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Appears in Collections:Faculty of Health Sciences and Sport Journal Articles
Peer Review Status: Refereed
Title: Dissemination of clinical practice guidelines: A content analysis of patient versions
Author(s): Santesso, Nancy
Morgano, Gian Paolo
Jack, Susan A
Haynes, R Brian
Hill, Sophie
Treweek, Shaun
Schunemann, Holger
Callaghan, Margaret
Graham, Karen
Harbour, Robin
Kunnamo, Ilkka
Liira, Helena
Loudon, Kirsty
McFarlane, Emma
Ritchie, Karen
Service, Duncan
Thornton, Judith
Contact Email:
Keywords: patient decision making
risk communication
risk perception
clinical practice guidelines
qualitative methods
Issue Date: Aug-2016
Date Deposited: 28-Apr-2016
Citation: Santesso N, Morgano GP, Jack SA, Haynes RB, Hill S, Treweek S, Schunemann H, Callaghan M, Graham K, Harbour R, Kunnamo I, Liira H, Loudon K, McFarlane E, Ritchie K, Service D & Thornton J (2016) Dissemination of clinical practice guidelines: A content analysis of patient versions. Medical Decision Making, 36 (6), pp. 692-702.
Abstract: Background. Clinical practice guidelines (CPGs) are typically written for health care professionals but are meant to assist patients with health care decisions. A number of guideline producers have started to develop patient versions of CPGs to reach this audience. Objective. To describe the content and purpose of patient versions of CPGs and compare with patient and public views of CPGs. Design. A descriptive qualitative study with a directed content analysis of a sample of patient versions of CPGs published and freely available in English from 2012 to 2014. Results. We included 34 patient versions of CPGs from 17 guideline producers. Over half of the patient versions were in dedicated patient sections of national/professional agency websites. There was essentially no information about how to manage care in the health care system. The most common purpose was to equip people with information about disease, tests or treatments, and recommendations, but few provided quantitative data about benefits and harms of treatments. Information about beliefs, values and preferences, accessibility, costs, or feasibility of the interventions was rarely addressed. Few provided personal stories or scenarios to personalize the information. Three versions described the strength of the recommendation or the level of evidence. Limitations. Our search for key institutions that produce patient versions of guidelines was comprehensive, but we only included English and freely available versions. Future work will include other languages. Conclusions. This review describes the current landscape of patient versions of CPGs and suggests that these versions may not address the needs of their targeted audience. Research is needed about how to personalize information, provide information about factors contributing to the recommendations, and provide access.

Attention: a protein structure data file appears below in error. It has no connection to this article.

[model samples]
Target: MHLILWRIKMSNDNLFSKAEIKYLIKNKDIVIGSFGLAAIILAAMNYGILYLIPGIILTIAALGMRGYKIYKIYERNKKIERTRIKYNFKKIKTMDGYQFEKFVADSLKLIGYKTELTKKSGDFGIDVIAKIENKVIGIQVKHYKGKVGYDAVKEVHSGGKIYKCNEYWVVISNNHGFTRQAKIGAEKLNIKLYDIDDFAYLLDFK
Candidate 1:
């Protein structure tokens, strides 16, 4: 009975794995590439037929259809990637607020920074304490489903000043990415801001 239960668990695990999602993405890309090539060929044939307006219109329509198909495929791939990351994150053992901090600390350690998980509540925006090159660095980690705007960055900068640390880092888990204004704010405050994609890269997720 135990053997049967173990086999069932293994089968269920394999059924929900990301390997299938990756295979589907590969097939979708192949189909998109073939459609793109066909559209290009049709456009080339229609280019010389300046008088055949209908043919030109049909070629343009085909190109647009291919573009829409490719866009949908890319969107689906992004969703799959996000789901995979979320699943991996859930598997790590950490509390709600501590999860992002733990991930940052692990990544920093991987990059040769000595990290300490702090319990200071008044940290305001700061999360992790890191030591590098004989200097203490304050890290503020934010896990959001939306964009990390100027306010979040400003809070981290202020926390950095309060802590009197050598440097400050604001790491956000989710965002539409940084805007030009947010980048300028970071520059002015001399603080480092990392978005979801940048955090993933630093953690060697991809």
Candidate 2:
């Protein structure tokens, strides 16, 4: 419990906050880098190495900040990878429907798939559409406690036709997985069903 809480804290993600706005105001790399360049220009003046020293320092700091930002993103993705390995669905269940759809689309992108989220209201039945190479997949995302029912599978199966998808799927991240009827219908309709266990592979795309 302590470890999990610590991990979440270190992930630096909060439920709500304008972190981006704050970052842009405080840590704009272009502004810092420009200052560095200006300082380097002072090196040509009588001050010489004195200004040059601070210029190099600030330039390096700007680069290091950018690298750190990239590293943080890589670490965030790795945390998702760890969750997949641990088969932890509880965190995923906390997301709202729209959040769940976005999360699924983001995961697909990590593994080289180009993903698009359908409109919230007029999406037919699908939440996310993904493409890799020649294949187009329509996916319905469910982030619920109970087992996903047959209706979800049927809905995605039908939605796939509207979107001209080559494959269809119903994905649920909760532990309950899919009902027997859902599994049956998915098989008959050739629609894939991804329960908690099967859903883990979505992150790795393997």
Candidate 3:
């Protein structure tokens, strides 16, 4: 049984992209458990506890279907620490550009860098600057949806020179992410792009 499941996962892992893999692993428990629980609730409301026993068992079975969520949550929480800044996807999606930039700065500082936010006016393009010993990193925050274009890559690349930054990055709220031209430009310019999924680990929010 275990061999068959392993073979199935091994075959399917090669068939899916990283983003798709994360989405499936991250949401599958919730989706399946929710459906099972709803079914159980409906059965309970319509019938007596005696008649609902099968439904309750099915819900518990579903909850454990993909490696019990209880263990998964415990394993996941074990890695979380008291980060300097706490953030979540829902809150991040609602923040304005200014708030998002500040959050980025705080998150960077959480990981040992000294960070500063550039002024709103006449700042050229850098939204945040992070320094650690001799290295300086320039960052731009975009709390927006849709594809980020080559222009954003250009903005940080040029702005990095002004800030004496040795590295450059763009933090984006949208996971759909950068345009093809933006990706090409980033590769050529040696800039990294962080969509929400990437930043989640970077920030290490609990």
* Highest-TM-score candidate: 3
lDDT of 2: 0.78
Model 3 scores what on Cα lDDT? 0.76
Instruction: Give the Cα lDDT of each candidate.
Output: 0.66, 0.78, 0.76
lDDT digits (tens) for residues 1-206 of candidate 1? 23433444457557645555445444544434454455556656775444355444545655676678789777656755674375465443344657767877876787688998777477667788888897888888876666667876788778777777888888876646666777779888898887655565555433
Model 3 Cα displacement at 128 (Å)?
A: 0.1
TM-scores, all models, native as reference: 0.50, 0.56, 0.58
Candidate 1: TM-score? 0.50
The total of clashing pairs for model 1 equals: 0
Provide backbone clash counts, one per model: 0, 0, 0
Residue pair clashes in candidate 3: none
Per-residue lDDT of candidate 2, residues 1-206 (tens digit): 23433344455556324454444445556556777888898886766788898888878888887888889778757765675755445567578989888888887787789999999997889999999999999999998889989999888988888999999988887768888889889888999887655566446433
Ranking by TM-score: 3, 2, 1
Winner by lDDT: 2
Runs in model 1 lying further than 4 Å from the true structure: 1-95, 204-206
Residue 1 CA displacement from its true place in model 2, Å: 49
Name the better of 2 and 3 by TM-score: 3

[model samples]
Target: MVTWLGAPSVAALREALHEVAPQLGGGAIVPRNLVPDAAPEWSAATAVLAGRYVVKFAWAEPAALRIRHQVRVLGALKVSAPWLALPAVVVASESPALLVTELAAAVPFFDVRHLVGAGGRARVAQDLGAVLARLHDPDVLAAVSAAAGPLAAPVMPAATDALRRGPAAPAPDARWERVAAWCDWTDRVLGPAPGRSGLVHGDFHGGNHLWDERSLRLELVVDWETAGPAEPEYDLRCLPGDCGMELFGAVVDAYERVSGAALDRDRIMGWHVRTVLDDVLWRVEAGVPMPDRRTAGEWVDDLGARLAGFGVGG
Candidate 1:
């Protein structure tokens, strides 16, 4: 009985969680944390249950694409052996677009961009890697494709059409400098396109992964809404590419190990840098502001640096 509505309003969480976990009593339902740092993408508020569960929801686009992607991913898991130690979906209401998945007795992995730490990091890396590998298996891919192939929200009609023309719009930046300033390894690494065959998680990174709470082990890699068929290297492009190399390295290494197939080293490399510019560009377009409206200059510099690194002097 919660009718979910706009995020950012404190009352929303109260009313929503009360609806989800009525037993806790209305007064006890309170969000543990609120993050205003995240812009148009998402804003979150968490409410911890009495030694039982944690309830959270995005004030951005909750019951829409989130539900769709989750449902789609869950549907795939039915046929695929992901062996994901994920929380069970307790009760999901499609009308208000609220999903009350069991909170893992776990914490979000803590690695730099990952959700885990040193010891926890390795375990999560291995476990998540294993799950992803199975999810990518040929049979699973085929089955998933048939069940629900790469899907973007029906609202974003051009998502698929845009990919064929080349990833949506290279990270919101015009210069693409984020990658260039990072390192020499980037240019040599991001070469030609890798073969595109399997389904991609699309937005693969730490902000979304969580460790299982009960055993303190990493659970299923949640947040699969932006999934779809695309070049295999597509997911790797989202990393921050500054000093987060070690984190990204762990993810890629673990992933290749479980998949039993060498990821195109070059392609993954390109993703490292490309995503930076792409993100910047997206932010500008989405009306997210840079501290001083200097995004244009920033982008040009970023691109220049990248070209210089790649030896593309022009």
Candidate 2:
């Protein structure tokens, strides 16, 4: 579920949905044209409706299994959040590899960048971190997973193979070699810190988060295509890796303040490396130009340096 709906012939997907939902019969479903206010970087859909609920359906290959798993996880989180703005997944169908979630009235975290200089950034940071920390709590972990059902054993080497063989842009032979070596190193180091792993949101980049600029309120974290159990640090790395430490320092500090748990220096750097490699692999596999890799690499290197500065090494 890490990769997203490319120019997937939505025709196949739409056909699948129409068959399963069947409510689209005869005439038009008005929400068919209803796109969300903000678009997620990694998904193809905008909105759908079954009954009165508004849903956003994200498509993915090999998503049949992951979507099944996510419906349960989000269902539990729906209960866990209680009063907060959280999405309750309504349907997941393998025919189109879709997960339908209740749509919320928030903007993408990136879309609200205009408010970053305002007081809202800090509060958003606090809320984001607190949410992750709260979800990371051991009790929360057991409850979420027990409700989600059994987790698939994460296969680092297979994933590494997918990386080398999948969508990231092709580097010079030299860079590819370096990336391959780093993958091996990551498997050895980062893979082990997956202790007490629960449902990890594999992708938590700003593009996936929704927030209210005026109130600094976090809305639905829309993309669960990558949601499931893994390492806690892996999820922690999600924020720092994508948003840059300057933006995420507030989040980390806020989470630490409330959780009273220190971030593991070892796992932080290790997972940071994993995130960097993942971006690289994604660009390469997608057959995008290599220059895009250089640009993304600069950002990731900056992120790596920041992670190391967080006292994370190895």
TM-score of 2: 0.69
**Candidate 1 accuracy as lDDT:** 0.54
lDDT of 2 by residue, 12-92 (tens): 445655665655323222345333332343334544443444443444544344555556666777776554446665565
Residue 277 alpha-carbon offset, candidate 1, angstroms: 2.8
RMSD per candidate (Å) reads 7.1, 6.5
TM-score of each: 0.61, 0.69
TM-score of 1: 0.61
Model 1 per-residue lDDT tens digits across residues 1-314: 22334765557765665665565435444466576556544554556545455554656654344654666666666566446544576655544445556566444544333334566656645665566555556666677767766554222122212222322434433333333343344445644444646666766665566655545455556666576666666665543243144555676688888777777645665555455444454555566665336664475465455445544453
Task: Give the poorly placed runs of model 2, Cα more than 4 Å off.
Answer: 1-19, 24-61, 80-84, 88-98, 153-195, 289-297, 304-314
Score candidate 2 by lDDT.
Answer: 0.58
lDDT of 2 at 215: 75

DOI Link: 10.1177/0272989X16644427
Rights: Publisher policy allows this work to be made available in this repository. Published in Medical Decision Making by SAGE. The original publication is available at:

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